Helping individuals falsely imprisoned by the state Obtain financial compensatioN for the deprivation of their personal liberty

Nanda Law is one of the few firms in Alberta that acts in correctional and police accountability matters against the state. Recently, the firm represented a young man who was illegally imprisoned by the Province of Alberta for nearly 3 days. The firm acted swiftly to ensure that the man asserted his right to damages for the loss of his liberty and negotiated a settlement that far exceeded the client's expectations. 

 

respecting first nations sovereignty over reserve land taxation and on-reserve economic development

Nanda Law acted for the Council for the Advancement of Native Development Officers (Cando) in Musqueam Indian Band v. Musqueam Indian Band Board of Review, et al., an appeal before the Supreme Court of Canada concerning the governmental authority of First Nations to tax reserve lands and the interpretation of a specific provision of the Musqueam reserve land taxation bylaw. The firm argued on behalf Cando that the Court must engage in a purposive interpretation of the provision in dispute. A purposive interpretation requires the court to recognize and incorporate the fact that the purpose behind the broader legislative framework is to provide First Nations the mechanism to tax reserve lands in order to foster the principles of First Nations sovereignty and greater control over on-reserve economic activity.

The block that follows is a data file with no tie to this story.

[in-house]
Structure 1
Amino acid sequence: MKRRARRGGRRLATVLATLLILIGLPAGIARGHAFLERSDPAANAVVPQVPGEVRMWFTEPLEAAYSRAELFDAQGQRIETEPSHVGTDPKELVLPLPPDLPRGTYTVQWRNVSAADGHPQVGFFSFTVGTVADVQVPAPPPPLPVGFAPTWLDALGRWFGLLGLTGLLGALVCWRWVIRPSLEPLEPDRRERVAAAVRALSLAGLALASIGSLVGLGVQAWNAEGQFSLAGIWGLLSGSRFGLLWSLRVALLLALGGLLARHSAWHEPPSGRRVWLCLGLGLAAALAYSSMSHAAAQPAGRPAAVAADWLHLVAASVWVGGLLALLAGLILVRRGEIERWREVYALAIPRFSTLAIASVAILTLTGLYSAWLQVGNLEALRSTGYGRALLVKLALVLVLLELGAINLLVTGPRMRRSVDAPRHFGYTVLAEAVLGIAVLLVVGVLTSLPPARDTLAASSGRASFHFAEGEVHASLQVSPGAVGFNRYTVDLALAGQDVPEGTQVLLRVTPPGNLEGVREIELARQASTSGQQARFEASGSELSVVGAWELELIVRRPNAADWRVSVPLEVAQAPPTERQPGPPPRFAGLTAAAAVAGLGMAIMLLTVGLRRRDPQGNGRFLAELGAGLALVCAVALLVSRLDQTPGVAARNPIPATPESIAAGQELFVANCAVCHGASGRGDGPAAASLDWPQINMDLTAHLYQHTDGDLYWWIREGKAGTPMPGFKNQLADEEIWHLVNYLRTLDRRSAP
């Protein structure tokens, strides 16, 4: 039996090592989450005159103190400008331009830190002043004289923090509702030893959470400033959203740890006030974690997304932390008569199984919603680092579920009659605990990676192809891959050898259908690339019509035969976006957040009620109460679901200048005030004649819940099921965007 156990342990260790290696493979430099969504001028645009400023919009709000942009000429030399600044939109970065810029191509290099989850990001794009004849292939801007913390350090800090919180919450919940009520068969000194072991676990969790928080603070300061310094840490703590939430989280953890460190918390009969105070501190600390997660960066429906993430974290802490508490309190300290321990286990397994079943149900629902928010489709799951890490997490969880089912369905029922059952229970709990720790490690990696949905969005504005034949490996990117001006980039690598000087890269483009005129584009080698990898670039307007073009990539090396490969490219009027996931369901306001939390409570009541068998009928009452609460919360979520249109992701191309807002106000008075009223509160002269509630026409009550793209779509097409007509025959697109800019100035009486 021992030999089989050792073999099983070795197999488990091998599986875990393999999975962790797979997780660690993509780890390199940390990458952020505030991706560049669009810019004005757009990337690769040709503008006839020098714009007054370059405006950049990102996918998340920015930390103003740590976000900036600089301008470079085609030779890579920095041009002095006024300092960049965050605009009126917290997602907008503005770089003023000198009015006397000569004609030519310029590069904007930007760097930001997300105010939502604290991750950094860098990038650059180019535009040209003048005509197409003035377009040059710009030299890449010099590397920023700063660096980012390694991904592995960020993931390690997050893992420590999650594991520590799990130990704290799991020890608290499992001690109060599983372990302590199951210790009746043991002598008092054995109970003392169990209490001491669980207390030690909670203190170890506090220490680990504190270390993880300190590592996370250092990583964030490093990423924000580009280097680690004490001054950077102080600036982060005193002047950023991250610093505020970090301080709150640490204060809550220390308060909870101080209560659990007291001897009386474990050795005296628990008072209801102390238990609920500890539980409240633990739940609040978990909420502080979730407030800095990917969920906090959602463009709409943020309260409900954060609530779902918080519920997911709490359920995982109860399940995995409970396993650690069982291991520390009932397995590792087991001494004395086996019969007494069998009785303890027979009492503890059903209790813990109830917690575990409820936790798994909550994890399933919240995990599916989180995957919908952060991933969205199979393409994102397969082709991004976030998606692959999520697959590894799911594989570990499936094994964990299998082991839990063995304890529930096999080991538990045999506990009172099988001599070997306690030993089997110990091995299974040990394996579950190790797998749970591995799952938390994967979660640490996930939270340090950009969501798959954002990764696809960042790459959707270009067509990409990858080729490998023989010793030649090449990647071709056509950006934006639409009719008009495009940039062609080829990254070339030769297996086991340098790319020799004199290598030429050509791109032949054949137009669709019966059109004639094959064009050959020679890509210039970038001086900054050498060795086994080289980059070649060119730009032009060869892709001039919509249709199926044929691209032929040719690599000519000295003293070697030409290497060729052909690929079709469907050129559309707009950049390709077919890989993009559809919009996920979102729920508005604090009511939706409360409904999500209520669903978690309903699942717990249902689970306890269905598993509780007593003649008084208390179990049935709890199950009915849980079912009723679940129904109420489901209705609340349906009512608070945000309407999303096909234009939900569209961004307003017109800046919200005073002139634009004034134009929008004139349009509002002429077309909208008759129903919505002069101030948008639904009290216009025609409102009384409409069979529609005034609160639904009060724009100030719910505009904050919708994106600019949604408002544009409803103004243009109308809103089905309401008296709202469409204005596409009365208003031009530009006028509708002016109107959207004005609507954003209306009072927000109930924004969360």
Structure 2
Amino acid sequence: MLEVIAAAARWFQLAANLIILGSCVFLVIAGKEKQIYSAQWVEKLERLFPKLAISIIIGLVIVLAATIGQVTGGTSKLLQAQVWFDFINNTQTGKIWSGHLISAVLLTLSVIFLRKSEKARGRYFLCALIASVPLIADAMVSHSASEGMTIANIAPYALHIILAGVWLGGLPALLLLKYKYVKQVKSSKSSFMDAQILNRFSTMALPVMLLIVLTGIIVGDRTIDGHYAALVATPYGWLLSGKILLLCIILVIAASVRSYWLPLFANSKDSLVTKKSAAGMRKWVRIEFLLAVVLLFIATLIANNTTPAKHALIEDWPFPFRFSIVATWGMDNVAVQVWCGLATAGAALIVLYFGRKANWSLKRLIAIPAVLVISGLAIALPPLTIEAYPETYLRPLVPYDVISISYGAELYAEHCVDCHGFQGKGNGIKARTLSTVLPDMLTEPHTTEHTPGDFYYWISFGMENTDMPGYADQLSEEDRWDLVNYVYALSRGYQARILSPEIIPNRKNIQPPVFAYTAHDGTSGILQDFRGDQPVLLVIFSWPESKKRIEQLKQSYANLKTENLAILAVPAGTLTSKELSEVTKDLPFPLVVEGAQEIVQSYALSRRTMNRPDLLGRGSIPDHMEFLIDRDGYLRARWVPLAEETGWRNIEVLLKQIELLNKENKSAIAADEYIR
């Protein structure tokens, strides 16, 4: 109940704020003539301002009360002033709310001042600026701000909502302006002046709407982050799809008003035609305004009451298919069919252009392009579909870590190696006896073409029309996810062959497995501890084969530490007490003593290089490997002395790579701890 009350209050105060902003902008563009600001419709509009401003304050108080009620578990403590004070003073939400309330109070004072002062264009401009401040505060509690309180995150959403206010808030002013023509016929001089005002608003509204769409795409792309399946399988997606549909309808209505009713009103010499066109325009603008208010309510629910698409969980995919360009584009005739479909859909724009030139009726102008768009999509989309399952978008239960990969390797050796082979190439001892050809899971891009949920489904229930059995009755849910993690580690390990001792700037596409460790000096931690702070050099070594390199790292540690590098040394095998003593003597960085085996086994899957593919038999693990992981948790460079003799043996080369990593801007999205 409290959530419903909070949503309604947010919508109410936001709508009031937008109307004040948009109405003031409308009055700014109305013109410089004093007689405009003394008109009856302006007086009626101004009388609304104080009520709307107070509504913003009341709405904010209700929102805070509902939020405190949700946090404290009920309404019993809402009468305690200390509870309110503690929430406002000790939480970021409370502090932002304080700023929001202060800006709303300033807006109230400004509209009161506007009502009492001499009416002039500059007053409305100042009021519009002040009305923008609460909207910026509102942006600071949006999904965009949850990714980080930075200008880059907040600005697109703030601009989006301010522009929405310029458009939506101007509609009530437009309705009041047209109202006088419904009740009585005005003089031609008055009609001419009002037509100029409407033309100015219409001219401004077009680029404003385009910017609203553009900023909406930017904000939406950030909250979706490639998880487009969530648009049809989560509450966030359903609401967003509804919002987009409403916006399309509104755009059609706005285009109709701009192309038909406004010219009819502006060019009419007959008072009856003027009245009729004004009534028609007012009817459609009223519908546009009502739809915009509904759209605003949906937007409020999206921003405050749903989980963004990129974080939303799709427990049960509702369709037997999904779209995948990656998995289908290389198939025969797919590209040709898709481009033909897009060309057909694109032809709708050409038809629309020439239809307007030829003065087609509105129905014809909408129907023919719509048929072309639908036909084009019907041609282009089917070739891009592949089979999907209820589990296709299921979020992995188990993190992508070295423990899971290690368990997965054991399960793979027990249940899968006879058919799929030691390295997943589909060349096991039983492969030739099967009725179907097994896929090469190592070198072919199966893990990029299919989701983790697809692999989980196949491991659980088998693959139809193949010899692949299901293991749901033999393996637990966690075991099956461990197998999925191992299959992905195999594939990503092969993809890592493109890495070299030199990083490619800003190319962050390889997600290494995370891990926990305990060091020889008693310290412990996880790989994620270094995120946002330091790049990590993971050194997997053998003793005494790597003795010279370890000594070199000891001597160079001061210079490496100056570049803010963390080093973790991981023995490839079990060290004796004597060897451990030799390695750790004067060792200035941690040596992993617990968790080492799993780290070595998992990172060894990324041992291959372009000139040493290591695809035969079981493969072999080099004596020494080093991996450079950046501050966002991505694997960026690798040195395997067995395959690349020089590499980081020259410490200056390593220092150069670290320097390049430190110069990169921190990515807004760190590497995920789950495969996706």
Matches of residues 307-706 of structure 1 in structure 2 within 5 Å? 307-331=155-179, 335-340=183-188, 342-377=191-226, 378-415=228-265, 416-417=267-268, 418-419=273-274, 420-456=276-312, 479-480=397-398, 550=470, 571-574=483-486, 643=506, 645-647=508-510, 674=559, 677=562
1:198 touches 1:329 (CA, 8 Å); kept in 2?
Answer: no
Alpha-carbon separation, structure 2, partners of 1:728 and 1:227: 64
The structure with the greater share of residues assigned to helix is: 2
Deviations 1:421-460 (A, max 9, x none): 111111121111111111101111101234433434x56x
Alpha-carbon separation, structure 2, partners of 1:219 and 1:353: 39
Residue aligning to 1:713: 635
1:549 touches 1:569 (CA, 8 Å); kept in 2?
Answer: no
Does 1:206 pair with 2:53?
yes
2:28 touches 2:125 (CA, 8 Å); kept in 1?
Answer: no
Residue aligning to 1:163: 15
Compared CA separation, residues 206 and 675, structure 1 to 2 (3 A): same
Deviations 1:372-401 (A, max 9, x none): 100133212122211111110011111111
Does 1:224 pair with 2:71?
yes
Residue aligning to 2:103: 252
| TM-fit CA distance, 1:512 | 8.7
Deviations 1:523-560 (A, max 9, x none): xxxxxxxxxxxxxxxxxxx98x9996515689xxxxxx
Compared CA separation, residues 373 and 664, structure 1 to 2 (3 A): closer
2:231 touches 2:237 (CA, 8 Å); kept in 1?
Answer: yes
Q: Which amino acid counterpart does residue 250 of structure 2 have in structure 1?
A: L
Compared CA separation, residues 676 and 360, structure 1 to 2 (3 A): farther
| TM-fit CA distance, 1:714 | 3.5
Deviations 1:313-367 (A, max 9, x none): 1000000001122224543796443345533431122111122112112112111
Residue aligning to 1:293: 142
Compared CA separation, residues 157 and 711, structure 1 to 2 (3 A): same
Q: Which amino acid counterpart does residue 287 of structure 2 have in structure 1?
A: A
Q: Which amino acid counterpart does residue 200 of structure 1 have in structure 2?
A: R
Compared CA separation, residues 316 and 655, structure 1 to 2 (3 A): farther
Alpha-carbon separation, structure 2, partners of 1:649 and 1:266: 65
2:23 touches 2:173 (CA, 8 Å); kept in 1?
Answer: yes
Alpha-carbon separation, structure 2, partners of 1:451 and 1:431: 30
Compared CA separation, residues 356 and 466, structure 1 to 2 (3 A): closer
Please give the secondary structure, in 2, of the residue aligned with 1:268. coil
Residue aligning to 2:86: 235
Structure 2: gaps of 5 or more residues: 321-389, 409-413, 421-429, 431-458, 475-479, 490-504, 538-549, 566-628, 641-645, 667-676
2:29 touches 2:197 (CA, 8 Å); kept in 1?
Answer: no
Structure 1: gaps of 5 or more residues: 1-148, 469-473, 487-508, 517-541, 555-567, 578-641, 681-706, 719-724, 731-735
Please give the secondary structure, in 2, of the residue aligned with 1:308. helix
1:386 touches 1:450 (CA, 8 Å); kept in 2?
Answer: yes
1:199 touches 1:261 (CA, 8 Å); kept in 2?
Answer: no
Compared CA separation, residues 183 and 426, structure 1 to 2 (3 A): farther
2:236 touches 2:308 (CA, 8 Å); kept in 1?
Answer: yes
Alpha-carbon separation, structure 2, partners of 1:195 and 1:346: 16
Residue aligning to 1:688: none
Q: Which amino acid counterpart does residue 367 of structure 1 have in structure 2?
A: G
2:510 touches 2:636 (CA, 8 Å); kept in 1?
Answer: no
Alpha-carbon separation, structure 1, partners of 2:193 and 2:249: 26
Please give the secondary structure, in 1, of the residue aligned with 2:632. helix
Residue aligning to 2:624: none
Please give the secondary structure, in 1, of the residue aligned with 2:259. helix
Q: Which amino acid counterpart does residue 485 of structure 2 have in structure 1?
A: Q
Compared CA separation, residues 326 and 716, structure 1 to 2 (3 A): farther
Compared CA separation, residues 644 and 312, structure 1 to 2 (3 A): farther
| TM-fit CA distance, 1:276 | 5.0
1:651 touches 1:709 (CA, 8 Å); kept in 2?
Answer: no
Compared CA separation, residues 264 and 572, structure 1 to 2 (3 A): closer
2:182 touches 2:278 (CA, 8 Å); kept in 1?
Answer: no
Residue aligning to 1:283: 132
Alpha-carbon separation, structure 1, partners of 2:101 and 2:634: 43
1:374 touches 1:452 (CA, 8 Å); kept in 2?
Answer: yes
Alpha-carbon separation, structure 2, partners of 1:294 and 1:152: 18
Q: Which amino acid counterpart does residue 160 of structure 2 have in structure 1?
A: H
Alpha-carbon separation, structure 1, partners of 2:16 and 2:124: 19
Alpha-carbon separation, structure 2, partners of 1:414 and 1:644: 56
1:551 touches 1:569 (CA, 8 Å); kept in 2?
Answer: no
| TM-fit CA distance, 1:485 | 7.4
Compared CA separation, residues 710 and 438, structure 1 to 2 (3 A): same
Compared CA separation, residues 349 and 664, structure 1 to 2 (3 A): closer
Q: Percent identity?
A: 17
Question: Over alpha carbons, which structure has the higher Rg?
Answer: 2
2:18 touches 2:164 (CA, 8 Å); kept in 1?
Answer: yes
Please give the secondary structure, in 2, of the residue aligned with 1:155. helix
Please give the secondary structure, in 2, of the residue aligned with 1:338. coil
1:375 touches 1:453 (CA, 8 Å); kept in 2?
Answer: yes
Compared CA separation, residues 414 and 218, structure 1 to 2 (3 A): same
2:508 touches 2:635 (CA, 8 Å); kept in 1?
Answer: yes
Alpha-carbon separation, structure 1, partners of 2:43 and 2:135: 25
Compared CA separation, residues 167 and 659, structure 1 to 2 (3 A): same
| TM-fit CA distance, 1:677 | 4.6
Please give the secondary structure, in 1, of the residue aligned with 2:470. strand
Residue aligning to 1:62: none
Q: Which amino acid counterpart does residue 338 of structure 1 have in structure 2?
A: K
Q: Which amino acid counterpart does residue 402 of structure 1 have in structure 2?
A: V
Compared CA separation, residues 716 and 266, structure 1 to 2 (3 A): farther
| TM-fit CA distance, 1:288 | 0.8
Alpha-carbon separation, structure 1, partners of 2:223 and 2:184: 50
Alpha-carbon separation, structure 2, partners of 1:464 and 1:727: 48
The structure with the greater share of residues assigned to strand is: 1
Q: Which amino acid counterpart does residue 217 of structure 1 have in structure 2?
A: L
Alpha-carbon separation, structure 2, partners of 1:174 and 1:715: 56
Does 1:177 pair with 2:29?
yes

Related:

Council for the Advancement of Native Development Officers Factum in Musqueam Indian Band v. Musqueam Indian Band Board of Review, et al.

protecting the right to free democratic expression in the face of civil contempt actions

In April 2016, Nanda Law appeared before the Supreme Court of Canada on behalf of the Alberta Public Interest Research Group in Jean-François Morasse v Gabriel Nadeau-Dubois, an important public law appeal involving statements made by a leader of the 2012 Quebec student protests. At issue in the appeal is the court's inherent jurisdiction over contempt powers and how these powers can impinge an individual's free expression — a right protected by the Charter of Rights and Freedoms. The firm argued that courts must exercise their contempt powers in a manner that respects Charter values, including free expression. In order to assist in the exercise of these powers, the firm proposed that the Supreme Court of Canada adopt the Dagenais framework to balance the rule of law with the protection of civil liberties when deciding civil contempt proceedings that impact an individual's right to free expression.

Related:

Alberta Public Interest Research Group Factum in Jean-François Morasse v Gabriel Nadeau-Dubois.

Pre-Judgement Relief: Attaching Assets of a business partnership in the midst of a partnership disagreement

Nanda Law acts for an individual involved in a dispute with its partners in a commercial enterprise. After the Defendants attempted to dissolve the partnership and collect the partnership's assets, the firm moved quickly to attach the assets of the partnership in order to ensure that the client's interests and basis for recovery were secured. Obtaining an attachment order in this context — a form of pre-judgment relief where a significant remedy is granted pending final determination of the merits of a claim — is rare, and requires specialized legal knowledge and experience. Please contact our office if you require assistance obtaining similar pre-judgment relief.